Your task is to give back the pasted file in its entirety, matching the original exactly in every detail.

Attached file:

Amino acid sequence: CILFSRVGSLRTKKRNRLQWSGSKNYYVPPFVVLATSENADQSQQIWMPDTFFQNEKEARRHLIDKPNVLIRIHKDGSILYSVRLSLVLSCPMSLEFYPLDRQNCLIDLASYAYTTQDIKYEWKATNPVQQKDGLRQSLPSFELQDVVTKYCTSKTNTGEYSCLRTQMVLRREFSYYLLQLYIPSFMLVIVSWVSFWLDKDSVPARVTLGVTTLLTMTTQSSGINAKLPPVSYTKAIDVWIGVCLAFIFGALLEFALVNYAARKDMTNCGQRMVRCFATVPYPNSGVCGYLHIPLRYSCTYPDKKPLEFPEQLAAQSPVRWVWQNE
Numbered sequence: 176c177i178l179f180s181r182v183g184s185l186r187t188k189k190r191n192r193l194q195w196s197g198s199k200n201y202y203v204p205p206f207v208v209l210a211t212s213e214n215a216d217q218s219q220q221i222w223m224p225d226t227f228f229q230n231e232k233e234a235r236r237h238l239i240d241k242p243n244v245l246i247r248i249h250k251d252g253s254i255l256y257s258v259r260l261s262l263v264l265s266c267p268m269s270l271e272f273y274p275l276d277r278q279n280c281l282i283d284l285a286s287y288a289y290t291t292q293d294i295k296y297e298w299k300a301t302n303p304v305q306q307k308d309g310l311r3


Amino acid sequence: CILFSRVGSLRTKKRNRLQWSGSKNYYVPPFVVLATSENADQSQQIWMPDTFFQNEKEARRHLIDKPNVLIRIHKDGSILYSVRLSLVLSCPMSLEFYPLDRQNCLIDLASYAYTTQDIKYEWKATNPVQQKDGLRQSLPSFELQDVVTKYCTSKTNTGEYSCLRTQMVLRREFSYYLLQLYIPSFMLVIVSWVSFWLDKDSVPARVTLGVTTLLTMTTQSSGINAKLPPVSYTKAIDVWIGVCLAFIFGALLEFALVNYAARKDMTNCGQRMVRCFATVPYPNSGVCGYLHIPLRYSCTYPDKKPLEFPEQLAAQSPVRWVWQNE
Numbered sequence: 176c177i178l179f180s181r182v183g184s185l186r187t188k189k190r191n192r193l194q195w196s197g198s199k200n201y202y203v204p205p206f207v208v209l210a211t212s213e214n215a216d217q218s219q220q221i222w223m224p225d226t227f228f229q230n231e232k233e234a235r236r237h238l239i240d241k242p243n244v245l246i247r248i249h250k251d252g253s254i255l256y257s258v259r260l261s262l263v264l265s266c267p268m269s270l271e272f273y274p275l276d277r278q279n280c281l282i283d284l285a286s287y288a289y290t291t292q293d294i295k296y297e298w299k300a301t302n303p304v305q306q307k308d309g310l311r3